When acclaimed historian Diana Bishop (Teresa Palmer) returns to Oxford to present a talk on the arcane elements in history, she’s seeking only to finish her research and possibly accept a position at the esteemed university. However she manages to retrieve a book from the library that shouldn’t be there – one that sends power coursing through her veins. It’s a book that witches, vampires and demons have long since was lost to time and its re-emergence brings massive implications to the creatures that dwell as outliers around human society.
Now Diana, reluctant to tap into her own magical heritage, must find a way to survive the wave of attention she gets as various factions seek her help in harnessing the power as their own. Some fear the book’s power, some want to maintain the precarious status-quo and others use it as the ultimate weapon. But whatever truths that were in the book are now buried deep in Diana and she must choose her allies and enemies with care. The world as we know it may depend on her choices…
SKY‘s latest series is based on the books by Deborah Harkness and it’s clear to see why the broadcaster gave the show a greenlight – the author is a history professor based in California and her works of fiction combine some of the enigmatic trend of modern supernatural entertainment. Though it treads its way across some very familiar genre ground, the combination of magic and immortal conflict in Discovery of Witches pumps along a strong bloodline, aspects of its vampiric tone sired somewhere between the traditional ‘lonely souls’ who swan around major European capitals (and major movie theatres) looking bored and hungry, a distinctly PG (and PG Wodehouse) take on the more lustful True Blood… and the more clinical and scientific aspirations of, say, Ultraviolet – where modern scientists looked into the molecular level to discover the truth about otherworldly enemies. And it is all filtered through a timeless lens, rather smartly and effectively using contemporary locations such as the now Morse-less streets and spires of Oxford and the ever-reliable and elegant Venitian bridges and canals as its backdrops. Almost genetically-engineered for the promotional windows of international bookshops, the books (and now this series) are a higher-brow Twilight for those with a slightly more discerning and eclectic taste in literature….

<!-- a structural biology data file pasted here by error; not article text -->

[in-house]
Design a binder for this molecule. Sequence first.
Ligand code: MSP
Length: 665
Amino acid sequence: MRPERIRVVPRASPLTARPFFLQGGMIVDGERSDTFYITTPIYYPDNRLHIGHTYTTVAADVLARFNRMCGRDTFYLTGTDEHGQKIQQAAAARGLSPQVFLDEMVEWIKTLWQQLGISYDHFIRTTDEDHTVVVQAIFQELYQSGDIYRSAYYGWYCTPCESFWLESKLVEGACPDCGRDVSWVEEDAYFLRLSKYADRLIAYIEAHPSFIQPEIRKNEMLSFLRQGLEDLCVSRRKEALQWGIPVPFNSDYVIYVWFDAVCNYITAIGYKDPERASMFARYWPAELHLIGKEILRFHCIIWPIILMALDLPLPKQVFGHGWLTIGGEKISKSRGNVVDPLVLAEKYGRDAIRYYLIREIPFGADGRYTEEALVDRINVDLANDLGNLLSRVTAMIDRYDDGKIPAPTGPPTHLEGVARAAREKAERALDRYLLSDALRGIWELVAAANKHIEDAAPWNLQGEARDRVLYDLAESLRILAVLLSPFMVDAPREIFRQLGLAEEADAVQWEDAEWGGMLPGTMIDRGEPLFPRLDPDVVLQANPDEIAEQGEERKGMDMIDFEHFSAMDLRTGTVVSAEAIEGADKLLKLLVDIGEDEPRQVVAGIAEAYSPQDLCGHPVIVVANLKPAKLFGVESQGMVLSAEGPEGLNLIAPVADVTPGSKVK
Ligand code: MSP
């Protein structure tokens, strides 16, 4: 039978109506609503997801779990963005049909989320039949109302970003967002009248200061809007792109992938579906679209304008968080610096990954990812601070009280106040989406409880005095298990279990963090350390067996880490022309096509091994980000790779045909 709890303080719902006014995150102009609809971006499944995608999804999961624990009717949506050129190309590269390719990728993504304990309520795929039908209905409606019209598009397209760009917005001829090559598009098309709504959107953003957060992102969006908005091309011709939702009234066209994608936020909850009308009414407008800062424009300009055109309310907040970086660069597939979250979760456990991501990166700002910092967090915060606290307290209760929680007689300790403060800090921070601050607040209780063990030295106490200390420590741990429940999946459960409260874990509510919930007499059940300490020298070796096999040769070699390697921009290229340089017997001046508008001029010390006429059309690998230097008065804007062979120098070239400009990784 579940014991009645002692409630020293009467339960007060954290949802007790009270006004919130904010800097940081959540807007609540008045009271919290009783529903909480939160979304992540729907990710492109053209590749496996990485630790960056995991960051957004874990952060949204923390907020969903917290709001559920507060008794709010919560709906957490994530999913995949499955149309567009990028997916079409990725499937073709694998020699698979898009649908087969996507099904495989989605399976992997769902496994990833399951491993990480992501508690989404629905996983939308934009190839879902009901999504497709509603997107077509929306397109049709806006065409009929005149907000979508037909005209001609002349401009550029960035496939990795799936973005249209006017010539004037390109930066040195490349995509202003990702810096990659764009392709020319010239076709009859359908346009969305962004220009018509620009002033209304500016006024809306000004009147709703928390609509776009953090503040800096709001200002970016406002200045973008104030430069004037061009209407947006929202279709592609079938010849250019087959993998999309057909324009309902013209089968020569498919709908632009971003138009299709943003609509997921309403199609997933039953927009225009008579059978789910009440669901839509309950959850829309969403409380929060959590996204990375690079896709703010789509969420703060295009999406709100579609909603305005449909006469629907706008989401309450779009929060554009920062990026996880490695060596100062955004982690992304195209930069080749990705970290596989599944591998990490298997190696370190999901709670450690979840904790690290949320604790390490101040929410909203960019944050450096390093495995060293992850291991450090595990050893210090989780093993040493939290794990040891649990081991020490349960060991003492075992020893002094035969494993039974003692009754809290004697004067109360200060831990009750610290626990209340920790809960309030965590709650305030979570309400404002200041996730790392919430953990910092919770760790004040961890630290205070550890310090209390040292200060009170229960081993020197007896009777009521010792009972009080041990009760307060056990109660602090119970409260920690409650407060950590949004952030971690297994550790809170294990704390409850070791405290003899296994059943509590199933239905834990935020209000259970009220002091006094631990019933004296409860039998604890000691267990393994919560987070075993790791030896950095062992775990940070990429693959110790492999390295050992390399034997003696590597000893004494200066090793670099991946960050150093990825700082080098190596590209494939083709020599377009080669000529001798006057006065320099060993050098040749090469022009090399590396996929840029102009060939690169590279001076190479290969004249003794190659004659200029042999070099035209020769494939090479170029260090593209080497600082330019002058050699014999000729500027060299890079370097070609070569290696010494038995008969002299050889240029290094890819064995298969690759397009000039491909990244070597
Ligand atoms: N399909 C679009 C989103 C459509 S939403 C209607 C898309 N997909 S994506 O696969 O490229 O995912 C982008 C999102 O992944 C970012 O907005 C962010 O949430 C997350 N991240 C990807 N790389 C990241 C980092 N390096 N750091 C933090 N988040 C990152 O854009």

Those looking for cinematic pacing will appreciate the camera-work as it swoops and winds its way through scene-setting landscapes. A few smashed windows, neck-nibbling and lingering glares notwithstanding, A Discovery of Witches first two episodes are high on the simmering factor – enhanced by subtle special-effects – but it never really boils over into the overt action that some might require. Like the libraries in which many of the conversations take place, it’s all very hushed and restrained with long walks, disapproving nods and furrowed brows rather than all-out arcane warfare.
Australian actor Teresa Palmer makes central character Diana Bishop an interesting protagonist, a person who feels a little adrift geographically and emotionally and one ill at odds with aspects of her magical heritage. She’s aloof enough without being cold but someone you want to root for as the threats begin to circle. Matthew Goode is very good in the role of Matthew Clairmont, one that requires him to arch his eyebrows and dryly walk the line between being enticingly elitist and dangerously pragmatic – perhaps think Methos in the Highlander series or Castiel in Supernatural. It was a role that many existing fans apparently thought Richard Armitage should have got, but Goode nails the difficult kind of cerebral charisma where you don’t know what he’ll do next but you want to know. Veteran British character actor Owen Teale (probably best known to international audiences for his role in Game of Thrones) makes a good zealot in the form of Peter Knox, seeking an opportunity to exercise (and exorcise) the right to rid the world of vampires. Ever the bridesmaid, Louise Brealey also provides decent support as Diana’s conflicted friend Gillian Chamberlain. In early episodes there are also glimpses of other familiar faces such as Alex Kingston as Diana’s aunt Sarah and Trevor Eve’s Gerbert D’Aurillac – each with different agendas.
While True Blood and the inhabitants of Bon Temps bump and grind their way through inter-species as if nudity was going out of fashion, the ‘fucks’ in A Discovery of Witches are limited to a few examples of bean-countered swearing and rather coy soft-focus flashbacks. It’s aimed at an audience that would examine the binding in a first edition of Lady Chatterley rather than pour over its pages.
Like curling up with a decent cauldron-boiler, A Discovery of Witches really doesn’t offer much that fans of supernatural romance won’t have seen before, but it stirs its ingredients well enough to cast a bewitching spell and produce give a pleasing flavour.
A Discovery of Witches is now being shown in the UK on Sky One and will be shown in the US early in 2019.